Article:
The United Nations is preparing to promulgate an international convention to promote and defend the rights of persons with disabilities.

Rodolfo Cattani

The debate at the United Nations concerning a convention relating to the rights of persons with disabilities is not new. The question of disability has been brought to light numerous times in the history of the UNO. In the seventies, there were the Declaration on the Rights of Mentally Retarded Persons and the Declaration on the Rights of Persons with Disabilities, the first documents in which were overtly recognized the rights of these persons. From the beginning, these declarations represented significant steps in the affirmation of these rights, but they were based on outmoded clinical and care approach towards disability, and they were criticized for that reason. At the end of the eighties, were approved the Principles for Protection of Persons with Mental Illness and for the Improvement of Mental Care, and in 1993 the Standard Rules for the Equalization of Opportunities for Persons with Disabilities. Though these documents have contributed to a better understanding by the international community about the importance to sanction the rights of persons with disabilies, they still have not, however, a value of obligation by the state members of the UNO, and do not propose measures to oversee the respect of the rights in the various countries.  

Based on these facts, motivated by some organizations for persons with disabilities, disappointed by the rare results of the International Year of Persons with Disabilities (1981) and the following Decade of Persons with Disabilities initated in 1982, a group of experts proposed that the United Nations adopt a Convention, or an instrument with legal obligations for all state members. It is in this context that in December 2001, the Mexican Government submitted to the General Assembly an outline of resolutions and the proposal of constituting an ad hoc technical committee to consider the proposals towards a full international convention to defend and promote the rights and dignity of persons with disabilities. The resolution was unanimously approved and was accepted favourably also by the Commission for Social Development and Human Rights. The technical committee held its first meeting from July 29 to August 8, 2002, and formulated some recommendations to encourage full participation in preparing the outline of the convention. The United Nations estimates that more than half a billion people all over the world are disabled because of a physical, sensory, mental or psychological incapacity. Wherever they live on the planet, their life is often conditioned by barriers of all sorts. The majority of these people live in developing countries where poverty, lack of social services and inadequate education are additional elements to the disability factor. The basic instruments for the defense of human rights are the Universal Declaration of Human Rights and the International Convention on Civil and Political Rights and on Economic, Social and Cultural Rights, which state that humand rights are for all human beings and that each person has a right to enjoy them without distinction and limits. Persons with disabilites are obviously entitled to enjoy these rights without any direct or indirect discrimination. Every UNO instrument for human rights is based the principle of quality according to which also persons with disabilities can exercise their own rights in respect to their effective equality to others. In recent years, there has been noteworthy progress, but there are still limitations which are restraining persons with disabilities to fully participate in society's life. It is therefore necessary to ask ourselves if the protection actually planned in existing instruments for human rights is adequate or not, also for persons with disabilities. The international community seems to be oriented in recognizing that persons with disabilities have the same rights as all other citizens, as was proclaimed also at the Conference on Human Rights in Vienna in 1993. But, it is still not so in the daily reality. The difference between theory and practice is quite considerable.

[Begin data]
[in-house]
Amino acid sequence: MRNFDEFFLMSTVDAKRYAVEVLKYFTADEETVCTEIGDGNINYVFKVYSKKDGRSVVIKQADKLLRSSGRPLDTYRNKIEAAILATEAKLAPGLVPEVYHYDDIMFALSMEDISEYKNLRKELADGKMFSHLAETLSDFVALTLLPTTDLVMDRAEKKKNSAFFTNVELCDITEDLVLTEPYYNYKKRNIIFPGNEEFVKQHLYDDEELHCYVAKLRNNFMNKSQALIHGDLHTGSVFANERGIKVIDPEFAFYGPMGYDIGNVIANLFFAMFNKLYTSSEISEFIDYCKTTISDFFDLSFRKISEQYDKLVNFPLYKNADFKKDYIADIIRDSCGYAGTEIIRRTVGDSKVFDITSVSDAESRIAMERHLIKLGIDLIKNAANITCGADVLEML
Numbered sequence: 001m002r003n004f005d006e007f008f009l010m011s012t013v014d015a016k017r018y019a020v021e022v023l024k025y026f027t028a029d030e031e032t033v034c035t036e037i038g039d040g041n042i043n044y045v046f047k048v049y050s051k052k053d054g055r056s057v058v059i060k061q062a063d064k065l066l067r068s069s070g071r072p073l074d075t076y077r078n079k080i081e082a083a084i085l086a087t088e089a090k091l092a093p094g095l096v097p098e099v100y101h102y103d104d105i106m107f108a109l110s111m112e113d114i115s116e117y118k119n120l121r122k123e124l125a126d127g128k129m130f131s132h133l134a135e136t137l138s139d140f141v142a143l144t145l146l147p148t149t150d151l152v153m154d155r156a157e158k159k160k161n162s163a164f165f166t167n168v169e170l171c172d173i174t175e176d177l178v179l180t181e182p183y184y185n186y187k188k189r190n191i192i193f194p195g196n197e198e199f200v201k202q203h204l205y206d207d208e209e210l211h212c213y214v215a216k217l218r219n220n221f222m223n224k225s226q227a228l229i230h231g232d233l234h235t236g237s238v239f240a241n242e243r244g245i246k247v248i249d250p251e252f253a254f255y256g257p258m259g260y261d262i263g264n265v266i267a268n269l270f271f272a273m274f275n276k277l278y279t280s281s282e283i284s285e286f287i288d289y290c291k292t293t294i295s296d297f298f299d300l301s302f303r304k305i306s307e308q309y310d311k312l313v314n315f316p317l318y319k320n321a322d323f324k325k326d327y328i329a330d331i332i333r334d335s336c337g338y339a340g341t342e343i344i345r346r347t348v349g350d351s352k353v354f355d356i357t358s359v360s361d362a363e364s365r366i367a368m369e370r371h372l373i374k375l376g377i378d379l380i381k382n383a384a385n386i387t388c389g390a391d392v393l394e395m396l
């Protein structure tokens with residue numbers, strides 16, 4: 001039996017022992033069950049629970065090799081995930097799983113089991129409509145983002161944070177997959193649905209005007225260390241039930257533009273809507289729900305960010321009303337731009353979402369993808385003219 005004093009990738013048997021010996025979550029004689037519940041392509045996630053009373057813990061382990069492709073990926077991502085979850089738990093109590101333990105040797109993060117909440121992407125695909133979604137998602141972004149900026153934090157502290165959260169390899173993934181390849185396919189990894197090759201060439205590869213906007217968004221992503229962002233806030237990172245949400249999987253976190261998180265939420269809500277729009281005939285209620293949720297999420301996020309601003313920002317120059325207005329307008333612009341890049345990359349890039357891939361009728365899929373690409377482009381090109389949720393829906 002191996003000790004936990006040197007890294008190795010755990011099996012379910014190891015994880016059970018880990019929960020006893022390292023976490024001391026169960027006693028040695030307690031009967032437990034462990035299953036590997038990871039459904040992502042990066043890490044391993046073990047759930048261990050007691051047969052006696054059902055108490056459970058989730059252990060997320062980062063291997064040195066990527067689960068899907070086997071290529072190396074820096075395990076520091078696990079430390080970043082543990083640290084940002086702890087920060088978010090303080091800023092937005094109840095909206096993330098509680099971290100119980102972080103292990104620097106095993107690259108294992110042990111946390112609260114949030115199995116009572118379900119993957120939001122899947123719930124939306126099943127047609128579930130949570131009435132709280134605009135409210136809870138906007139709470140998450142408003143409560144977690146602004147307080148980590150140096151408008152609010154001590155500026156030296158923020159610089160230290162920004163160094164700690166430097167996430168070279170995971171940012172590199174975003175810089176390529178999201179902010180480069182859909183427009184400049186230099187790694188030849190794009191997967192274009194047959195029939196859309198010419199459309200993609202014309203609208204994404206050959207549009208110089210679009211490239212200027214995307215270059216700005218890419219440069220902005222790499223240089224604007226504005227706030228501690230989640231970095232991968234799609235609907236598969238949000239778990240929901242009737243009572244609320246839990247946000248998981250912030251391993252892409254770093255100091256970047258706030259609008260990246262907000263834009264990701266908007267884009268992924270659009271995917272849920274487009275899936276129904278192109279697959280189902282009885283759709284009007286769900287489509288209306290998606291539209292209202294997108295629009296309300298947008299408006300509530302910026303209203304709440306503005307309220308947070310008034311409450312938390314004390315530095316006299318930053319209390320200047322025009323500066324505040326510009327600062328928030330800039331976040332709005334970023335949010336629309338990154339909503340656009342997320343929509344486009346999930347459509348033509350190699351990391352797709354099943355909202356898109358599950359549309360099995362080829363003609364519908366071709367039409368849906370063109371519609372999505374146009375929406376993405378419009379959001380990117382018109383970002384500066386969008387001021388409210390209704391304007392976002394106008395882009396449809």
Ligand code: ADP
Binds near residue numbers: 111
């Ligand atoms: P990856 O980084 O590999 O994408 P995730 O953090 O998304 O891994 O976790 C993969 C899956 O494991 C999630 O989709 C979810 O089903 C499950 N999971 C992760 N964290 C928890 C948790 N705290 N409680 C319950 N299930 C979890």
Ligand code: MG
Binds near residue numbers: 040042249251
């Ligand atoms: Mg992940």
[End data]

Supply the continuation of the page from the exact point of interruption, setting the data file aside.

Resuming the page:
The special referendum of the Commission for Human Rights of the United Nations, in its relation on Human Rights and Disability states that in the majority of countries the human rights violations of persons with disabilities have an unsuspected discrimination character, which includes creation and upholding of barriers by the same human society to the point of excluding persons with disabilities from social, economic and political participation in their own community. The majority of governments demonstrate quite a limited understanding of the requirements and rights of persons with disabilities, which transpires at the political and the legal levels. From this ensues the necessity of an instrument creating an obligation to concretely defend every person's human rights. The reasons justifying this consideration are that they would provide a better definition in terms of discrimination and would encourage the understanding that the question of disability also enters in the human rights dimension. The fact that it is a matter of a legal document carrying an obligation, different from the Standards, would contribute in clarifying what are precisely the rights of persons with disabilities, excluding any doubt in that regard. It would then be less easy to discriminate and this would place persons with disabilities on the same level of other groups which have already a convention protecting their rights, like women and children. Finally, this would reinforce the legal base and would encourage the implementation of standards.